The SEC has proposed a rule that would require certain financial institutions, including broker-dealers and investment advisers with assets of at least $1 billion, to disclose the structure of their incentive-based compensation practices.

Under the proposed rule, subject financial institutions would be required to file annual reports disclosing information about incentive-based pay, including a narrative description of the firm's compensation arrangements, a description of the firm's policies and procedures relating thereto and a statement of the specific reasons why the firm believes the structure of its incentive-based compensation practices will help prevent material financial loss. The proposed rule would apply to compensation payable to all executive officers, employees, directors and principal shareholders of covered financial institutions.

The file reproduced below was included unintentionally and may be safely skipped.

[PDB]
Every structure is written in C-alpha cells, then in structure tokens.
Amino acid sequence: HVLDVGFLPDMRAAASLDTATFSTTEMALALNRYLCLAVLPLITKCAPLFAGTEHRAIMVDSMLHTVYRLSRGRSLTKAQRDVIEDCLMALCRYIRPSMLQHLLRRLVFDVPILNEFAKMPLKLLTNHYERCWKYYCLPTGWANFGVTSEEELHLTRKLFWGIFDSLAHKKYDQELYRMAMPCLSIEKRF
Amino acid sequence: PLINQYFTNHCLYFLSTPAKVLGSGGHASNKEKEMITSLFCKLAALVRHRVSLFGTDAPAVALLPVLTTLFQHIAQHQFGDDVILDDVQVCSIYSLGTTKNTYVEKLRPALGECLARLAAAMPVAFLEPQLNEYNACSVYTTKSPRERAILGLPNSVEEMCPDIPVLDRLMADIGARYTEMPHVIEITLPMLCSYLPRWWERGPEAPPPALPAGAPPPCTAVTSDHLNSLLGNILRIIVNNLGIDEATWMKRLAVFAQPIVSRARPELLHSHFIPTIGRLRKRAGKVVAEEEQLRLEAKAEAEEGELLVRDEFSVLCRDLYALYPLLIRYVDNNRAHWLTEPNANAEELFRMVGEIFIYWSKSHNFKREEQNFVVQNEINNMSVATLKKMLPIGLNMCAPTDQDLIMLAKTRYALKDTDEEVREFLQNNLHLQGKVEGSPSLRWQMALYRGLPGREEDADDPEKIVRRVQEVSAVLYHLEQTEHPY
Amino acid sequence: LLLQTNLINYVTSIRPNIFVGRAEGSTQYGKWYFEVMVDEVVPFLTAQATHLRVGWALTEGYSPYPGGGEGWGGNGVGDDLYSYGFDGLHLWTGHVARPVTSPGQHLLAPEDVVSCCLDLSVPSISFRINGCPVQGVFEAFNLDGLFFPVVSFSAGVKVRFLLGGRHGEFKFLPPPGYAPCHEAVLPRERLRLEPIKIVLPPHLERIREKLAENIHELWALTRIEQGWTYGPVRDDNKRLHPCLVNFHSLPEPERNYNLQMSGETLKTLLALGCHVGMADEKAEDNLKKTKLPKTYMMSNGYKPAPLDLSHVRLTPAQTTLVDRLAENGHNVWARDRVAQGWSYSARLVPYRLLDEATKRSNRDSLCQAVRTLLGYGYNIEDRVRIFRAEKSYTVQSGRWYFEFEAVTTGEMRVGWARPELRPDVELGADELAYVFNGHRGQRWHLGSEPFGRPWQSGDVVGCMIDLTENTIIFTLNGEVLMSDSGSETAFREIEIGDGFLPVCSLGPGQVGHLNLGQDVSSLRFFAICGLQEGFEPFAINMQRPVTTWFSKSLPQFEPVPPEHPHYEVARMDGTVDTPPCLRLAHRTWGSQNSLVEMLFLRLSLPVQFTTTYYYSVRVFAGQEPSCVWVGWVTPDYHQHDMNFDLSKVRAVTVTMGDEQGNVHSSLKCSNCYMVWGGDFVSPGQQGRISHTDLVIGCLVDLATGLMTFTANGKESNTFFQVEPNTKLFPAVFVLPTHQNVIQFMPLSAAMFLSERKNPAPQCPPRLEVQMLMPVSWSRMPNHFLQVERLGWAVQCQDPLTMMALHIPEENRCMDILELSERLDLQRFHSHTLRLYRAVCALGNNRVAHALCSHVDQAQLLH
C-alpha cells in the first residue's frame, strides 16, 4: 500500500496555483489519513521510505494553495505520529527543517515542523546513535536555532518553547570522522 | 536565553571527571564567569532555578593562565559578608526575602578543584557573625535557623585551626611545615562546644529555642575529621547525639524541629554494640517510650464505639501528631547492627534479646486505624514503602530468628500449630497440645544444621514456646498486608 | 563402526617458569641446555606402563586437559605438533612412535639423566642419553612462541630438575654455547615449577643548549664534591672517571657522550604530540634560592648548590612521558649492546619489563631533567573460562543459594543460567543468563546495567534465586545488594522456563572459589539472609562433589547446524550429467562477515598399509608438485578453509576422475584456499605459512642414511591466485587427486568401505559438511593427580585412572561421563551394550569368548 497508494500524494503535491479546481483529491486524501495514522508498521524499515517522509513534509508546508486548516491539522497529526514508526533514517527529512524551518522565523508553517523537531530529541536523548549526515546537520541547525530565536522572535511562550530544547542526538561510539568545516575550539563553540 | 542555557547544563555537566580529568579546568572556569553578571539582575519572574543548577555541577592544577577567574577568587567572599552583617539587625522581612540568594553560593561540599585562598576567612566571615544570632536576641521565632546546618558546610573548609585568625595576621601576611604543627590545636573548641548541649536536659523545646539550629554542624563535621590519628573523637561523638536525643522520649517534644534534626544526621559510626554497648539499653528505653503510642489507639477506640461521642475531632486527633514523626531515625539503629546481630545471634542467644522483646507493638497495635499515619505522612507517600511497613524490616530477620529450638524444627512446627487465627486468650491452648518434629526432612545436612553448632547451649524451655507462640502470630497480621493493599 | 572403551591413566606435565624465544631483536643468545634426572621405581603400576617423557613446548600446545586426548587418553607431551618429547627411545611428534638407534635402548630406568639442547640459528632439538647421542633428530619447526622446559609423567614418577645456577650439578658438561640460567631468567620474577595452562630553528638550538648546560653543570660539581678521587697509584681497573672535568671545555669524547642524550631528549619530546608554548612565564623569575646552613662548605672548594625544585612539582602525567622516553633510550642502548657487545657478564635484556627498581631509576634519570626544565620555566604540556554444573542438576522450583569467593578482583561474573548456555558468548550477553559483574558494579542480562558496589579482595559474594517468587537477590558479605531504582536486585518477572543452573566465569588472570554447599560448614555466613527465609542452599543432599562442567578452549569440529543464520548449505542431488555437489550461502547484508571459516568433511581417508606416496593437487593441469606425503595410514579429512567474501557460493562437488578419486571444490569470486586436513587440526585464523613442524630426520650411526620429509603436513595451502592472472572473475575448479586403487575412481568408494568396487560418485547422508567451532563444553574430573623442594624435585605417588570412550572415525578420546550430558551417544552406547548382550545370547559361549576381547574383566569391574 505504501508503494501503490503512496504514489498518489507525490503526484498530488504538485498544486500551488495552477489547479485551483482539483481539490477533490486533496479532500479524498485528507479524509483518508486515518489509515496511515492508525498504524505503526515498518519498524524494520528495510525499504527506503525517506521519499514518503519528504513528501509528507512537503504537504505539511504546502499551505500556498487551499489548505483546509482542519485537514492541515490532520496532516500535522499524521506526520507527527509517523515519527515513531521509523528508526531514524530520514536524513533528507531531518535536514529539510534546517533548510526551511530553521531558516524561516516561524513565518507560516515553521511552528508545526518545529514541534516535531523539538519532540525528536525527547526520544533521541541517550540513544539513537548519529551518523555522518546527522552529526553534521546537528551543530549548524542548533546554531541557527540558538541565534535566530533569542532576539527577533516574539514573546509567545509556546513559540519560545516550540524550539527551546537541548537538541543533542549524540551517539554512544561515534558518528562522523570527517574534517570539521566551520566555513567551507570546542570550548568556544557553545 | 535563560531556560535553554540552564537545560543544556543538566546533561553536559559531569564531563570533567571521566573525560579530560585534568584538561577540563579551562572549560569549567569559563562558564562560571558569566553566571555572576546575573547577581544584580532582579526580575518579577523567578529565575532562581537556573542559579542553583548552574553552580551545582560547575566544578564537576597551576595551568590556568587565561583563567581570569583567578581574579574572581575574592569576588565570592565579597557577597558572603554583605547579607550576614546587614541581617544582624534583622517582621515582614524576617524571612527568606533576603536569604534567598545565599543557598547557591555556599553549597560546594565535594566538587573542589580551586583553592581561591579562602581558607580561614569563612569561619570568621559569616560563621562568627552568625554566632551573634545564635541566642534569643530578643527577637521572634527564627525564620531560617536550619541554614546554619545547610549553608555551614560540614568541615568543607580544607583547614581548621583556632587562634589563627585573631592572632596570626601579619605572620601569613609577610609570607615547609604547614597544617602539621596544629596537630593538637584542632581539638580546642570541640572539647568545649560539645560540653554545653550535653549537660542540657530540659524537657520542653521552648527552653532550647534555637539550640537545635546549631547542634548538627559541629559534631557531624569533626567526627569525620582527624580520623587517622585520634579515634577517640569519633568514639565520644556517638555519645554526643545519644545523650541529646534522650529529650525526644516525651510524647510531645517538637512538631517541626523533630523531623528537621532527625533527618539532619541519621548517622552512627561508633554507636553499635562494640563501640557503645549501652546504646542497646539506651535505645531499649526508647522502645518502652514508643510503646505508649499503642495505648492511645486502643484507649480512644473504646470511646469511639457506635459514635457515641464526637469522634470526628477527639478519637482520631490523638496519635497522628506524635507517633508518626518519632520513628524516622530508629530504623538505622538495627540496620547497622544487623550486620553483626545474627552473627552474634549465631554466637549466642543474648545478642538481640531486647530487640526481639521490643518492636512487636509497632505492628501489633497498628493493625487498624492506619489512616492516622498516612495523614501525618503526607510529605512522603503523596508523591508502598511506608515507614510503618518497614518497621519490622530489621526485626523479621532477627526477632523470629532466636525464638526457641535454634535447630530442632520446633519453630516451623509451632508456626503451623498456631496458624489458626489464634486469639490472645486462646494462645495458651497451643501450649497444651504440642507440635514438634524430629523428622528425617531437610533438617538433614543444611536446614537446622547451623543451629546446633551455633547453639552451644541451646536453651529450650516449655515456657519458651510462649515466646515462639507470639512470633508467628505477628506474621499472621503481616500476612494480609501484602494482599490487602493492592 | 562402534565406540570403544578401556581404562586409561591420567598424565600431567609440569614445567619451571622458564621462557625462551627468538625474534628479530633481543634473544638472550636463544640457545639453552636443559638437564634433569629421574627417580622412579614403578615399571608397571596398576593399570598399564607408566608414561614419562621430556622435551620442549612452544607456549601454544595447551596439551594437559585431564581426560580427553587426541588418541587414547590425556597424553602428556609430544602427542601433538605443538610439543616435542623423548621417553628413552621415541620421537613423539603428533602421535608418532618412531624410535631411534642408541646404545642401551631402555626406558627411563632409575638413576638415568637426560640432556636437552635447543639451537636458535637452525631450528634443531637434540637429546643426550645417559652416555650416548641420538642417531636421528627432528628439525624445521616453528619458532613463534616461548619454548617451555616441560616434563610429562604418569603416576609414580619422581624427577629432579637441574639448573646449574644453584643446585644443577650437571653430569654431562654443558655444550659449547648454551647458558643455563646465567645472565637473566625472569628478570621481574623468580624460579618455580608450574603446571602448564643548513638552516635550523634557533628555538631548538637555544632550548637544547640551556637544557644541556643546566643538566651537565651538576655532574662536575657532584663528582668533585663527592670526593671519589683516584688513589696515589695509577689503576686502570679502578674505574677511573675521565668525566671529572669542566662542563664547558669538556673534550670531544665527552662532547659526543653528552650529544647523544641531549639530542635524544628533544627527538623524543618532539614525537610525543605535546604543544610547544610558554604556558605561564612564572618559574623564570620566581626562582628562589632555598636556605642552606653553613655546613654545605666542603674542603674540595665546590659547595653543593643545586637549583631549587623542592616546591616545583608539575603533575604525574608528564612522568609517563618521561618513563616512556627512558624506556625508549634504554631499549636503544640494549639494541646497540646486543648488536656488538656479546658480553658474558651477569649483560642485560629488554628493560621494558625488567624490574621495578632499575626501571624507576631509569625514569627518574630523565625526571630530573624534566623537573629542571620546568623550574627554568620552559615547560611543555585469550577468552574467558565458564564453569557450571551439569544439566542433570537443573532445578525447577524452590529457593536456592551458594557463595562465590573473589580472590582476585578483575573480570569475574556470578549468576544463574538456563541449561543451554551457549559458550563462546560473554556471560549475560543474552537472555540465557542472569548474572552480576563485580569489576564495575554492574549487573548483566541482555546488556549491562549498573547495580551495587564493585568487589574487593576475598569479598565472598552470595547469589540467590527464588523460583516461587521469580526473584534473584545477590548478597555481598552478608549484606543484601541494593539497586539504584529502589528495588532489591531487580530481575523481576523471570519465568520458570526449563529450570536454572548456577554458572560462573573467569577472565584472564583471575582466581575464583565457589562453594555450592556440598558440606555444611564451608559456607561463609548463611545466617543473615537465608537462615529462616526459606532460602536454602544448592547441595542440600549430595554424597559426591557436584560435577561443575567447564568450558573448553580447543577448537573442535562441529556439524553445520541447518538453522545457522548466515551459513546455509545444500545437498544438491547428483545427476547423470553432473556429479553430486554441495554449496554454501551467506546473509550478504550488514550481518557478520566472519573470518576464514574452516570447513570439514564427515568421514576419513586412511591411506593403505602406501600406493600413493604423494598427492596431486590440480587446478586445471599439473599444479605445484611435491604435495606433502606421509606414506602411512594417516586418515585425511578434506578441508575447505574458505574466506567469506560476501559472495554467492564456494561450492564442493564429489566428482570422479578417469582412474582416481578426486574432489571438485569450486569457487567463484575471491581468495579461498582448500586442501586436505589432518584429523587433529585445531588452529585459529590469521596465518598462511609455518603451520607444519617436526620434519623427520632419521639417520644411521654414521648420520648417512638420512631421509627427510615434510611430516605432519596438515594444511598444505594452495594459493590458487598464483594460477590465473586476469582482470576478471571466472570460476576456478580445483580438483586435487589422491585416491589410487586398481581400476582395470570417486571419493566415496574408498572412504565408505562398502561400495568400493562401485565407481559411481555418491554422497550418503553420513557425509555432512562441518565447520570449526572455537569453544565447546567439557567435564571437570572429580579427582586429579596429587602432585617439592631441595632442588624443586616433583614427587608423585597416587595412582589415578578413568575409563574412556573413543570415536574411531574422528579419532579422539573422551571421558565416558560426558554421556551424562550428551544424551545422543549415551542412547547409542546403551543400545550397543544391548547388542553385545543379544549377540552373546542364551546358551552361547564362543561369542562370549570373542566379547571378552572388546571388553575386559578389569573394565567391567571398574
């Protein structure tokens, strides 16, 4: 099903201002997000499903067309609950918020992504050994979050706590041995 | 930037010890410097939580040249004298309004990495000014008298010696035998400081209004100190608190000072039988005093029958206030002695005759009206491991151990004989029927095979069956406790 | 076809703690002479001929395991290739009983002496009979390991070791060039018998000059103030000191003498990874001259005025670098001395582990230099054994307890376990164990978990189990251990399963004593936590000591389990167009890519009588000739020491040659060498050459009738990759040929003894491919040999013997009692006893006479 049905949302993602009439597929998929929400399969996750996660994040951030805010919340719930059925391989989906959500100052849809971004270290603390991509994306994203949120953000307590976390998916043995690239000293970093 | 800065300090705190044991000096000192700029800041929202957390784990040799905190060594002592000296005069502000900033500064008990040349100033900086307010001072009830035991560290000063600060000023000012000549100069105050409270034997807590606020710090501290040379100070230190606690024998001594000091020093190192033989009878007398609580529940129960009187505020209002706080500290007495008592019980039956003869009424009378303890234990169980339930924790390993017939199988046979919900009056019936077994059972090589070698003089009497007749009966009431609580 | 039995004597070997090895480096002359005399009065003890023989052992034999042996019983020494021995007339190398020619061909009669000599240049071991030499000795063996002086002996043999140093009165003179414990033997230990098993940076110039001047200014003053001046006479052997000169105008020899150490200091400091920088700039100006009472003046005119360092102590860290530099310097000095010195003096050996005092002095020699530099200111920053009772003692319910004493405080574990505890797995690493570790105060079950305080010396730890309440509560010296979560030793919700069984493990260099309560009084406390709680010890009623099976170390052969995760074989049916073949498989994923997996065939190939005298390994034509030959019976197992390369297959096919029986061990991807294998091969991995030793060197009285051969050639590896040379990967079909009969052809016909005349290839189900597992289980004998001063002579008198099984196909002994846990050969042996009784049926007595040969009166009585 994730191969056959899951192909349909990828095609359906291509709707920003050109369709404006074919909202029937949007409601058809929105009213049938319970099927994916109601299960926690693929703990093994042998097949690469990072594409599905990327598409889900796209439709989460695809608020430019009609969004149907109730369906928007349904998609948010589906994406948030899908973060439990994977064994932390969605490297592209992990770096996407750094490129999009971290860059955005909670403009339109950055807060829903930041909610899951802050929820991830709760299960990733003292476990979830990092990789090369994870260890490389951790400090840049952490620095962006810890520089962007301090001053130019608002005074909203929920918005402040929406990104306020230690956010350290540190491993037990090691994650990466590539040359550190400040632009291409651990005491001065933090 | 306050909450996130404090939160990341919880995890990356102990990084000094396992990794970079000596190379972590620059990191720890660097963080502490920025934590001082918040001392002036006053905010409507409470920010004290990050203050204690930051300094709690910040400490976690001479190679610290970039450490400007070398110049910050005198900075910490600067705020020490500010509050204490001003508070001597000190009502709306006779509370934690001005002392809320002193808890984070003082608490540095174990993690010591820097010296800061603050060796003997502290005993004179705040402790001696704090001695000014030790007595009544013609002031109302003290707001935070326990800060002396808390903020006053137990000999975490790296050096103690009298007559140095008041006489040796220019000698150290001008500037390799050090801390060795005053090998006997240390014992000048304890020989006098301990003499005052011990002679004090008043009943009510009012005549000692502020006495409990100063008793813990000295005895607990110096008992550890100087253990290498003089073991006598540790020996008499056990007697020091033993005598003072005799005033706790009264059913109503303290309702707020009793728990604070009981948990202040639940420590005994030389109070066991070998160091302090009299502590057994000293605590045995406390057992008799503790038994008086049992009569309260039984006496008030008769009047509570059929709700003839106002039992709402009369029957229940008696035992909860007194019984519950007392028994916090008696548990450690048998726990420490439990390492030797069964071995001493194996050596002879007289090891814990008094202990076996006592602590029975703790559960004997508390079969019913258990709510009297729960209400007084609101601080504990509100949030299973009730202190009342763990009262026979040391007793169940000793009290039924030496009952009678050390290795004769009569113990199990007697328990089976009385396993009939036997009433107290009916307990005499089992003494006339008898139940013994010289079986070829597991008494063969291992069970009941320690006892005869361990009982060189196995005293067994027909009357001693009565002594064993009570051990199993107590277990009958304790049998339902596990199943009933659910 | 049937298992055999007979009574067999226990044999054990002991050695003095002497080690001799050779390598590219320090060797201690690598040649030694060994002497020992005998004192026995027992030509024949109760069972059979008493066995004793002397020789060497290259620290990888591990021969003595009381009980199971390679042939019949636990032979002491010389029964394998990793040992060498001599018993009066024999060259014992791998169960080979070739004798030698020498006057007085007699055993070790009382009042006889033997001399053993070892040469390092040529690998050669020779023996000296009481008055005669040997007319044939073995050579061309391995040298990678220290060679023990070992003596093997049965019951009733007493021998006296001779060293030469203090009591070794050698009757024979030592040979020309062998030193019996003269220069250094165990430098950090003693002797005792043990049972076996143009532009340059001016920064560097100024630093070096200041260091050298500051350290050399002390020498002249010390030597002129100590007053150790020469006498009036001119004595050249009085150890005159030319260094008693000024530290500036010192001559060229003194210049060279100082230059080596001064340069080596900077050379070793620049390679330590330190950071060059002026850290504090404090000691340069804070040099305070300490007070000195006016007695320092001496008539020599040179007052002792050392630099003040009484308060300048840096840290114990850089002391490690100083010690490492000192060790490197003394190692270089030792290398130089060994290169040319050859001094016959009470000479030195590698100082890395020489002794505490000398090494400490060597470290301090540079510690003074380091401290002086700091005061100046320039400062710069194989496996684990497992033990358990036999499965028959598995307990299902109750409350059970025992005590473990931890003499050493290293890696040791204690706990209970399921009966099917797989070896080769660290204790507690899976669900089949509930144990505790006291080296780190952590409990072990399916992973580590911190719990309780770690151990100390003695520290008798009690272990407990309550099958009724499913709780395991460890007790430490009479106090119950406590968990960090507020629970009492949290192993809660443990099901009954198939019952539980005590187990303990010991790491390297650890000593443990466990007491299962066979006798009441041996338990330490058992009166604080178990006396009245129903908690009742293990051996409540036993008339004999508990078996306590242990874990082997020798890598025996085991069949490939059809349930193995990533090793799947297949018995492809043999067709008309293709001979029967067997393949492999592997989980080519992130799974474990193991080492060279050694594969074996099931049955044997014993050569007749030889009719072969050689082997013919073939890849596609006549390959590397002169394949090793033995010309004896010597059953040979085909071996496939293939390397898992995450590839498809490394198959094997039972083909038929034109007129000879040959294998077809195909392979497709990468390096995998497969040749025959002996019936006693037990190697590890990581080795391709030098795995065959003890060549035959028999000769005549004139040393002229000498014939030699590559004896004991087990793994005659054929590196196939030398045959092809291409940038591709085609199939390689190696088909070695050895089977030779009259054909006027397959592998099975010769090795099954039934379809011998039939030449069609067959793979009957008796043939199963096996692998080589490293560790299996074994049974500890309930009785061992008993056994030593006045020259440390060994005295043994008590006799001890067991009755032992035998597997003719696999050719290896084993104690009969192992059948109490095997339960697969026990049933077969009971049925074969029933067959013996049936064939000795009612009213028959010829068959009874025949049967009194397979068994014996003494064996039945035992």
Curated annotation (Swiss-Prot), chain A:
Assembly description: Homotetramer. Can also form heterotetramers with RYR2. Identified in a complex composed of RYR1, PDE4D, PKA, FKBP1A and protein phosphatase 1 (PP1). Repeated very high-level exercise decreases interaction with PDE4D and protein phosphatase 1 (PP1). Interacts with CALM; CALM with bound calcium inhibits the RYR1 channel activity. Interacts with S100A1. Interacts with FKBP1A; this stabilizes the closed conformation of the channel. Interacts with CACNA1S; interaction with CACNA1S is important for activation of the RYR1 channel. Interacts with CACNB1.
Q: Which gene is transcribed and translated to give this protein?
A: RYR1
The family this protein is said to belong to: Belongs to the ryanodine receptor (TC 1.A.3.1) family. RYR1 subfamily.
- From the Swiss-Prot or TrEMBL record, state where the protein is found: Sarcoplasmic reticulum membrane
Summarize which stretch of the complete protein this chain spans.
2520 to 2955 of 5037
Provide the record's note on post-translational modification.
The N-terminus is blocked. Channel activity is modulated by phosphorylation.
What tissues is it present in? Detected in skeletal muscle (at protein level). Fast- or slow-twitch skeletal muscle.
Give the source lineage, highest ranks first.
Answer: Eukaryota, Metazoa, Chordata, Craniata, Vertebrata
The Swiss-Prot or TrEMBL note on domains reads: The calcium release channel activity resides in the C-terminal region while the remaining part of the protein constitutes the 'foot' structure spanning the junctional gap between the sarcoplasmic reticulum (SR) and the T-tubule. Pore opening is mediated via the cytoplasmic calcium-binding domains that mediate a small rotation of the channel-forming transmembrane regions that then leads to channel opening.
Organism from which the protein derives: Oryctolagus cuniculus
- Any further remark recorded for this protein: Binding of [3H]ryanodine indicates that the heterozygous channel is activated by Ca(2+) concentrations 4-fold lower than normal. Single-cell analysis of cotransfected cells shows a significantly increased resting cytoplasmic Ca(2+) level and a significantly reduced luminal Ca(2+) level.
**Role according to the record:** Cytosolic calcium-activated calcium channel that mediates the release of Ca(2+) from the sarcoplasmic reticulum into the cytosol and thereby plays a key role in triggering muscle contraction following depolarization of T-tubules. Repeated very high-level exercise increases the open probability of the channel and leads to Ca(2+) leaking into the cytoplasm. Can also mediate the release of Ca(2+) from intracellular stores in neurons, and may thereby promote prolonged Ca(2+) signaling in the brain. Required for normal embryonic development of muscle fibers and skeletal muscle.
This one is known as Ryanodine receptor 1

The rule would also require subject financial institutions with over $50 billion in assets to defer for three years at least 50% of any incentive-based compensation for executive officers. Compensation would be required to be adjusted for losses incurred by the firm over the deferral period.

The rule is currently pending approval by federal regulators. Upon approval, it will be published in the Federal Register and open to public comment for 45 days.